The Sumo Scene / Unique Combination of Sport, Culture Helps Serve as Major Draw for Overseas Visitors

Yomiuri Shimbun file photo
Foreign visitors watch sumo from second-floor seating at Ryogoku Kokugikan in Tokyo in May 2019.

We’re on the verge of the Autumn Grand Sumo Tournament at Ryogoku Kokugikan in Tokyo, and the performance of brand-new ozeki Hoshoryu will be part of a plethora of stories to keep an eye on during the 15-day tournament, which begins Sunday.

Partly because it’s the final tournament in Tokyo this year, tickets have already sold out. The “Sellout Appreciation” banner will be on display inside the venue every day, just as it was at the previous basho.

Since various COVID-19 restrictions have been relaxed, many overseas tourists have returned to Kokugikan. At times, foreign visitors are more noticeable in the stadium-style seating on the second floor. Those seats enable them to stretch out their legs and view the matches in comfort, unlike the cramped quarters in the masu-seki box seats on the first floor where fans are required to remove their shoes.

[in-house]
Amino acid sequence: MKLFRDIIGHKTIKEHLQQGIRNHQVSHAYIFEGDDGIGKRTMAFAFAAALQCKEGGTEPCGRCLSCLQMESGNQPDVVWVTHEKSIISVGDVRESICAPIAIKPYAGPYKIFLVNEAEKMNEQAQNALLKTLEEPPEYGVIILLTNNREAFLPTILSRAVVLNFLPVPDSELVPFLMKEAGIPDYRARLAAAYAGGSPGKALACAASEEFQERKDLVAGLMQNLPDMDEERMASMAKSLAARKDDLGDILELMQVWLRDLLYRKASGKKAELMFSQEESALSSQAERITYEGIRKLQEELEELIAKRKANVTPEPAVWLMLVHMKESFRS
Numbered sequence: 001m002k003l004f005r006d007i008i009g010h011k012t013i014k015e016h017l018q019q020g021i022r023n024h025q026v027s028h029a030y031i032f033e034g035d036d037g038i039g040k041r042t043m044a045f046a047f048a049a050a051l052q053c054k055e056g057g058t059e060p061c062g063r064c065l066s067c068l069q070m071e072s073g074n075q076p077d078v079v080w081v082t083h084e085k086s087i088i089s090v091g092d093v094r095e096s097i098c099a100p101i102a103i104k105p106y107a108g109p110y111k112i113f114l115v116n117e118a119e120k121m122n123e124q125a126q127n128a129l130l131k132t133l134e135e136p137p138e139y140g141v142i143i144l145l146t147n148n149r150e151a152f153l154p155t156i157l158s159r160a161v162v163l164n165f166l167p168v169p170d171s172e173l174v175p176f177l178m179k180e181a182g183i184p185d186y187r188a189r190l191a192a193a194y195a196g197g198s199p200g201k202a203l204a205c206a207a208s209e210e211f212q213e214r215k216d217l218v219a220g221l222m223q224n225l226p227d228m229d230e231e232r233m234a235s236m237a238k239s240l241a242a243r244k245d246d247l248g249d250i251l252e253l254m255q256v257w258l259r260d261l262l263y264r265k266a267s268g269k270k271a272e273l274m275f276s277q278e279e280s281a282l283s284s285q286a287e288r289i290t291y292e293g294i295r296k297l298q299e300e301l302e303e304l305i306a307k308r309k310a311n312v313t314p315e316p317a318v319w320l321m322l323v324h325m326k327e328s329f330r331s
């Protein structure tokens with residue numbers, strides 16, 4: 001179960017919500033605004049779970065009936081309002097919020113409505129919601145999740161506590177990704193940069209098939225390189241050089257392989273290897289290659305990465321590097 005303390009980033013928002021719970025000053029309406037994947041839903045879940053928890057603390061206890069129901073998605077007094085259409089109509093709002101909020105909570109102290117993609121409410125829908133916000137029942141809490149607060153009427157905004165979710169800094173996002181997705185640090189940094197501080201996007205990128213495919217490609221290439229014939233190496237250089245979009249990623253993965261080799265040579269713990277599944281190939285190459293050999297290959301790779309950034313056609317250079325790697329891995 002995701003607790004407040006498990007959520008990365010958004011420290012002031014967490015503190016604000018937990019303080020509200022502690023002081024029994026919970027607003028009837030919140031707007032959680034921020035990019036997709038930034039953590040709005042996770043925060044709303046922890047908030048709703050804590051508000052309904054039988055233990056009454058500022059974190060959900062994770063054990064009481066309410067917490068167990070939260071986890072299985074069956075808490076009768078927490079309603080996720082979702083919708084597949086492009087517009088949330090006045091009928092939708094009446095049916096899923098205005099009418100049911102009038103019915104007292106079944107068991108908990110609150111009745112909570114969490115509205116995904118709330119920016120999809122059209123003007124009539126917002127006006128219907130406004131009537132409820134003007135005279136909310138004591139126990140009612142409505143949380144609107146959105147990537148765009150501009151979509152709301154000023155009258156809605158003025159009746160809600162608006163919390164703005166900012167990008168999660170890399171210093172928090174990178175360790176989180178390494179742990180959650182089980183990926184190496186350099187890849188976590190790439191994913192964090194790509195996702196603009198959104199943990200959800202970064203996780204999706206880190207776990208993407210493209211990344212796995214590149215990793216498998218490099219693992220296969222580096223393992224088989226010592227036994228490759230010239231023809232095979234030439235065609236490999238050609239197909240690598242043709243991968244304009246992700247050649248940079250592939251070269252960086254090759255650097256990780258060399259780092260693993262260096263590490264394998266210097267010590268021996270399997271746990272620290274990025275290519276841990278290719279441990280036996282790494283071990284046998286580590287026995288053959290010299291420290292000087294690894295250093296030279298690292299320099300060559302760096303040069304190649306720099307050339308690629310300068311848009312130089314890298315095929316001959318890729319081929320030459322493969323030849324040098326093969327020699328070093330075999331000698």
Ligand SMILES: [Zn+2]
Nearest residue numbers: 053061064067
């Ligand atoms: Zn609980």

Of all the sporting events held in Japan, sumo is probably exclusive in terms of attracting such a large number of foreign spectators. This is largely because it’s a sport with unique aspects that combine competition and traditional Japanese culture.

For instance, the hair of the sport’s competitors is styled in topknots, which evoke the image of samurai from the Edo period (1603-1867), and the large men also wear decorative colorful aprons, while the gyoji referees are also clad in traditional attire.

Wearing a rope similar to a sacred rope from the Shinto religion, yokozuna perform their solemn ring-entrance ceremonies. Many foreign visitors turn their cameras on such cultural aspects of sumo, a sport that goes far beyond the simple notion of wins and losses.

“Once you step inside Kokugikan, you feel like you’re back in the Edo period. We want to create that kind of atmosphere,” said Japan Sumo Association Chairman Hakkaku (former yokozuna Hokutoumi). “Foreign visitors are interested in this unique culture because this is the only place in the world it can be found.”

The association has an English-language website, making it easier for foreign visitors to purchase tickets online. According to an association official, many travelers from overseas add attending a basho to their itineraries for sightseeing visits to the Asakusa area and Tokyo Skytree, which are both close to Ryogoku Kokugikan.

A higher percentage of visitors from the United States and Europe over China, South Korea and other Asian countries might indicate a stronger interest there in Japanese culture and the Far East, the official also said.

If the intensity and vigor of sumo matches are added to this, foreign visitors’ interest is sure to grow. The hope is that the autumn basho becomes one that excites the world.

— Kamimura is a sumo expert.